Vol. II, No. 2, Fall 1988


The Quiltmaker

by Alma Edmonds



I saw in summer

A coverlet of meadow flung upon

A steep and rocky Ozark glade.

The earth was grays and greens,

A blend of growth, maturity, and death.

The theme was Chicory, Aegean thing,

A perfect rambling of purpled blue,

With blocks of Blackeyed Susan here and there,

And stenciled umbrels of Queen Anne's lace.

Embroidered clusters of Butterfly Weed

Enflamed the point at left, mid-distance,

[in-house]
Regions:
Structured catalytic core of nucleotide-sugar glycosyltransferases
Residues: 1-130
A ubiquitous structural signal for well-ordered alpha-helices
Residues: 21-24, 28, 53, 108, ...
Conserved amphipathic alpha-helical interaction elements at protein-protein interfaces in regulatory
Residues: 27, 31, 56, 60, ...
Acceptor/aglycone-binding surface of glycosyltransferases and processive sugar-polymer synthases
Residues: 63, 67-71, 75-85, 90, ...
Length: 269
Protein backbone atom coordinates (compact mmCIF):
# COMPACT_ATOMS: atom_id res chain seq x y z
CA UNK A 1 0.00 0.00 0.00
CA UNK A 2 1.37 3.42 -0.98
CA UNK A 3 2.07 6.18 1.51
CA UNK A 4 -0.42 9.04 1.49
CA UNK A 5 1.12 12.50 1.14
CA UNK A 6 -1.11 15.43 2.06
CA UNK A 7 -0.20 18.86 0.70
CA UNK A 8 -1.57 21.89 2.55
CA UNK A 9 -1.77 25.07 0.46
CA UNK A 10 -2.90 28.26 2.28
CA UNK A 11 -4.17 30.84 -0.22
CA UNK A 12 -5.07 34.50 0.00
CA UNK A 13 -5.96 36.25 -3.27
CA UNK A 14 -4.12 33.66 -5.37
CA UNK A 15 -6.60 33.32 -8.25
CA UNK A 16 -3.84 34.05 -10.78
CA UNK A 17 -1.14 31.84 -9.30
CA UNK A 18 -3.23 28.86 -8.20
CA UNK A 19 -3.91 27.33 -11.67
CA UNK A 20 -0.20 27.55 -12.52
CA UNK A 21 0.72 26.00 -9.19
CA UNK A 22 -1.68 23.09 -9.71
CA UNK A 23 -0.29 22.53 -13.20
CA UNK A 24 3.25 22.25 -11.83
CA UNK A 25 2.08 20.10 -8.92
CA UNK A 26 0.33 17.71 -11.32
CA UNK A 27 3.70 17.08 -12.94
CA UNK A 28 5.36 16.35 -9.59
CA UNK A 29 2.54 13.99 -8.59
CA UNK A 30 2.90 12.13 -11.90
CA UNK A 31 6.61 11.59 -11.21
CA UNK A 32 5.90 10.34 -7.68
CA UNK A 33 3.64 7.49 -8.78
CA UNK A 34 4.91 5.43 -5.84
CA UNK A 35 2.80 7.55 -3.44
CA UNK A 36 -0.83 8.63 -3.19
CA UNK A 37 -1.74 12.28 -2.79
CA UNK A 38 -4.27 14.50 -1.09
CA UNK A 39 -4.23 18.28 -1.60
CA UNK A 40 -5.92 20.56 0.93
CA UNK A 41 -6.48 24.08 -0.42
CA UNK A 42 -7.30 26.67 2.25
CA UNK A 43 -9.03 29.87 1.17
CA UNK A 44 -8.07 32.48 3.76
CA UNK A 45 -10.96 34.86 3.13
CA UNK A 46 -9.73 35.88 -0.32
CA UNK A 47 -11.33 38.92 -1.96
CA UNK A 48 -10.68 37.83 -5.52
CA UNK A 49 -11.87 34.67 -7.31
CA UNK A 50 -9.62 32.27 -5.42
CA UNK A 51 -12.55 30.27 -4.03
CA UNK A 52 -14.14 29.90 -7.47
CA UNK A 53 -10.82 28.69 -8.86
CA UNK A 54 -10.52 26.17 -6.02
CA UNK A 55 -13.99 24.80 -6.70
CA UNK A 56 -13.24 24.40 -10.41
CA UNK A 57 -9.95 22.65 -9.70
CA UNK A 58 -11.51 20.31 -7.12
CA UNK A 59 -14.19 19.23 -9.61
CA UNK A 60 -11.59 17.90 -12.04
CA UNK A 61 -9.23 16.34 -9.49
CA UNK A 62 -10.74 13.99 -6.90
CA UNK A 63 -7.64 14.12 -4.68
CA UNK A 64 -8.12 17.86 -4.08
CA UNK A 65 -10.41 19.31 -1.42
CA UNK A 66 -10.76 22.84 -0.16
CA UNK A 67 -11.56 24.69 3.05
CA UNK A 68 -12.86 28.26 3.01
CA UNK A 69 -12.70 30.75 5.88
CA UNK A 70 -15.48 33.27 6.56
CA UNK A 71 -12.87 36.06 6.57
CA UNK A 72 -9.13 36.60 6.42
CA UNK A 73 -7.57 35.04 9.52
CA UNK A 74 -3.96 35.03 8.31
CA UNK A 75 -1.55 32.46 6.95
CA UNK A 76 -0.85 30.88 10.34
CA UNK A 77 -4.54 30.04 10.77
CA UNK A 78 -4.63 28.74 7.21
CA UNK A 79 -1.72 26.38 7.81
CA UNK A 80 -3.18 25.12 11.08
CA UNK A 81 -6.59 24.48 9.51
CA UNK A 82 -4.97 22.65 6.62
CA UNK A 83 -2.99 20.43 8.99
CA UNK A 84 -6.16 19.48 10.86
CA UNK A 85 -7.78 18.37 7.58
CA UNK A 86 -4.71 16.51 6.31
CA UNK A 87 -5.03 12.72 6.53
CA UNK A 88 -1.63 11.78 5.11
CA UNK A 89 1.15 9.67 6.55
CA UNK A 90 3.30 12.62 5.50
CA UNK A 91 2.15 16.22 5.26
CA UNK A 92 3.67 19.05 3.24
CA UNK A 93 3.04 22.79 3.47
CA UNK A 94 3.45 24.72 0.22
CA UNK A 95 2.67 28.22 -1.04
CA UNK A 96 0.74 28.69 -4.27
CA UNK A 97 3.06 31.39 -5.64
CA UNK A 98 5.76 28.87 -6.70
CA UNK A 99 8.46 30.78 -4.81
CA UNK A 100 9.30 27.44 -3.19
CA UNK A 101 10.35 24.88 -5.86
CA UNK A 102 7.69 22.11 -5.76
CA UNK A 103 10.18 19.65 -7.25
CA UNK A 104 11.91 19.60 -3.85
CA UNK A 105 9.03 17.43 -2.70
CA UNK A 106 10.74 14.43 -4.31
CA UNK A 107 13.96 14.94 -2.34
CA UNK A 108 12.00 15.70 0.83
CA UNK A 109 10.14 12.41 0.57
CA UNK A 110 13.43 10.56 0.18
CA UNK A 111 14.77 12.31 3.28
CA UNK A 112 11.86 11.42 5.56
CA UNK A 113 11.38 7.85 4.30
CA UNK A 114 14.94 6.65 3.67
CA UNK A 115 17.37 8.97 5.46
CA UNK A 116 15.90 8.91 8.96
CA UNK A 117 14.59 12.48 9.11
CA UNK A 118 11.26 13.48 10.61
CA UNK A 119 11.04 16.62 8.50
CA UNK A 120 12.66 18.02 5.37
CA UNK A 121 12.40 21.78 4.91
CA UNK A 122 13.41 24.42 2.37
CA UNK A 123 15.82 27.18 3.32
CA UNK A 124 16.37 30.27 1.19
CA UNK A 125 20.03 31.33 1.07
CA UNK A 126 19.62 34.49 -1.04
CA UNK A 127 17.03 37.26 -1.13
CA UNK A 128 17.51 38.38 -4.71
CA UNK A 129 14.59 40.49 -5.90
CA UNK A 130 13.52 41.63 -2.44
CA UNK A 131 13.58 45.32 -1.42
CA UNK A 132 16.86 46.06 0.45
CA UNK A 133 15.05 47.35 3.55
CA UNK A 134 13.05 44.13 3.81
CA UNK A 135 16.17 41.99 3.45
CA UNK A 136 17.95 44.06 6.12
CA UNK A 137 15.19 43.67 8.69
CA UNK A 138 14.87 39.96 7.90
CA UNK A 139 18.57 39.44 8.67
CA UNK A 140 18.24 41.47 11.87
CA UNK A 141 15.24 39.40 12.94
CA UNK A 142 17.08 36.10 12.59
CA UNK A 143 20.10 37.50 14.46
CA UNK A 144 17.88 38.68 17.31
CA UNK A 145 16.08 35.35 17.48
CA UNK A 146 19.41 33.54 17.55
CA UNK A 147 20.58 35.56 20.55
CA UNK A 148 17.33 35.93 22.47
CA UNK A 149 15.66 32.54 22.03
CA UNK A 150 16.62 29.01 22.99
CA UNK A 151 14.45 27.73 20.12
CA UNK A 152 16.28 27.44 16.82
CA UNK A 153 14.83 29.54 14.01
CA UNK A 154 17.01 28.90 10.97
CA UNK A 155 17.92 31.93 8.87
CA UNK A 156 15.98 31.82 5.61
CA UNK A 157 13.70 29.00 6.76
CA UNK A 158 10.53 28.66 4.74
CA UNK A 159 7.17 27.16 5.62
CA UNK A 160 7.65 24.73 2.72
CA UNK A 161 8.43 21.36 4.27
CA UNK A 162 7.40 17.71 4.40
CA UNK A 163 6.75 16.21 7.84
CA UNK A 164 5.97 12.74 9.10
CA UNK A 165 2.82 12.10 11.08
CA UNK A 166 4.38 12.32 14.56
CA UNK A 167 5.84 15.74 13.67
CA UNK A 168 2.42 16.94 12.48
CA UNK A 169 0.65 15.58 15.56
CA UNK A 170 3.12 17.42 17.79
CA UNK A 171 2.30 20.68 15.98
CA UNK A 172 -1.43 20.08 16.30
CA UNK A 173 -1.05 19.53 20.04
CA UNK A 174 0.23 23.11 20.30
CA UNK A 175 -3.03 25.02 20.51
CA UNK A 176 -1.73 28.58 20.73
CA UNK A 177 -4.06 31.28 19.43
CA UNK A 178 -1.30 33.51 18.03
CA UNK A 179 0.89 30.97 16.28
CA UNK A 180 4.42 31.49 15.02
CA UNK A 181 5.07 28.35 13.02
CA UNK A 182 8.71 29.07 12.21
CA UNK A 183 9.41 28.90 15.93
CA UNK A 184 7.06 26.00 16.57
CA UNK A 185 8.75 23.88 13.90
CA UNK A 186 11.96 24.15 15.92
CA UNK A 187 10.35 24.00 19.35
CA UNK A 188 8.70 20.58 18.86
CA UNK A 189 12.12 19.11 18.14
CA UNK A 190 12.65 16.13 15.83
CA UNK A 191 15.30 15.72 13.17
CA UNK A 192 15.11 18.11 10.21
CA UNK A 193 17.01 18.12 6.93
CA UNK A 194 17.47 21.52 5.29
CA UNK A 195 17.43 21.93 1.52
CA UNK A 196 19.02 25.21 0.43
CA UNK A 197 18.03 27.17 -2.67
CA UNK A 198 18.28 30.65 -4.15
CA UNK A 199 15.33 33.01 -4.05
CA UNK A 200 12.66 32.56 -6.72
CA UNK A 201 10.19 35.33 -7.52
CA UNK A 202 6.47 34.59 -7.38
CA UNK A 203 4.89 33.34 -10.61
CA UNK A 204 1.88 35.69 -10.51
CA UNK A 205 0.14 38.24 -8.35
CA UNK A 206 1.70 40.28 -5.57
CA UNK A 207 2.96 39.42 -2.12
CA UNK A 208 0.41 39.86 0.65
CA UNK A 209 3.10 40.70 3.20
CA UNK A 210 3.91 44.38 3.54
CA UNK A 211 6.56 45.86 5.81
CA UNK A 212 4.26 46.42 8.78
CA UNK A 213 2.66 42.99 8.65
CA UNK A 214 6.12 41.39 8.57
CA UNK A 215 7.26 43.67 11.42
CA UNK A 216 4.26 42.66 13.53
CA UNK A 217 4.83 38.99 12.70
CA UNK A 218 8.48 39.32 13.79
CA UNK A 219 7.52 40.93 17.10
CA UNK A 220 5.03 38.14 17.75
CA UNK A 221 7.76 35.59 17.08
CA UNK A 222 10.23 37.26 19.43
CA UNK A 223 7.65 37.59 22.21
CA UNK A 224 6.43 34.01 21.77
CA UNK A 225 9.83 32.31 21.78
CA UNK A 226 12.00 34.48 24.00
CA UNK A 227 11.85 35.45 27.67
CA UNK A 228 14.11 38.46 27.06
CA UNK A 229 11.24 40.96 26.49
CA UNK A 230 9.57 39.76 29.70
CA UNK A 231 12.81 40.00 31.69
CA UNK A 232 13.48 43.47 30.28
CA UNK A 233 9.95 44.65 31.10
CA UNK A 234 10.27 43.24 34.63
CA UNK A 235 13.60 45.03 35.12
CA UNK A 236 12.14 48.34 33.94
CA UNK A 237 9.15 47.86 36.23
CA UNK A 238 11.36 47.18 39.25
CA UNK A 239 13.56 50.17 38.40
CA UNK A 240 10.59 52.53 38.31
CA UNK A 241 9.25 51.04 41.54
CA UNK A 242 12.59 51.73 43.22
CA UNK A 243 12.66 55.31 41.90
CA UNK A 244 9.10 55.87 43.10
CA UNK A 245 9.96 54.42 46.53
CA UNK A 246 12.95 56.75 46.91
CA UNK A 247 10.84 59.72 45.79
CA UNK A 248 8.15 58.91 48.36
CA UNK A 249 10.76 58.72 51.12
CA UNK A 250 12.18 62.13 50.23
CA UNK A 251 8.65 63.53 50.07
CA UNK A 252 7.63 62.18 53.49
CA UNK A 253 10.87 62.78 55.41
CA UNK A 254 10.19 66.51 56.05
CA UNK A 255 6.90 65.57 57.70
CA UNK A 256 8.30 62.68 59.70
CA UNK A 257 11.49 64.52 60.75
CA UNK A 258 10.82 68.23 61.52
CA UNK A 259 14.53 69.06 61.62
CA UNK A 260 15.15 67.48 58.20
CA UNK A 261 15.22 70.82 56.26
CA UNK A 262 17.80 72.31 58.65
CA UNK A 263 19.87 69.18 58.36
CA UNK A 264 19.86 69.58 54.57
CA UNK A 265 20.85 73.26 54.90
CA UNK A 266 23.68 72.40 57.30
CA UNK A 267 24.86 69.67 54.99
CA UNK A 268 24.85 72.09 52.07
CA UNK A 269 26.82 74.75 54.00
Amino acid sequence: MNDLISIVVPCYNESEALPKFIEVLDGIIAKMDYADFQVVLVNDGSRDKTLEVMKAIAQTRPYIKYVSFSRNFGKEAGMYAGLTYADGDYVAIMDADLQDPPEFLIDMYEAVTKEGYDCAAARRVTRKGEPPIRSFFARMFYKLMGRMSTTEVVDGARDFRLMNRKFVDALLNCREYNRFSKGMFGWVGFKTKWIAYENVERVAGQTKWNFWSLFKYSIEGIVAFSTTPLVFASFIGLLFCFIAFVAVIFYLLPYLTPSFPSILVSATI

Where rivulets converged and drained into the trees

Along a creek that whispered among stones.

A meadowlark flushed whistling from the flowers

And, flashing white, glided into the vault.

Now I will stitch a cover for my bed

Of blue and gold, puff-quilted white,

With French knots flaming on a fall of field.

A binding of green for the trees at creekside.

And the wing curve of summer's sailing lark

To quicken my pulse in winter.

[3]


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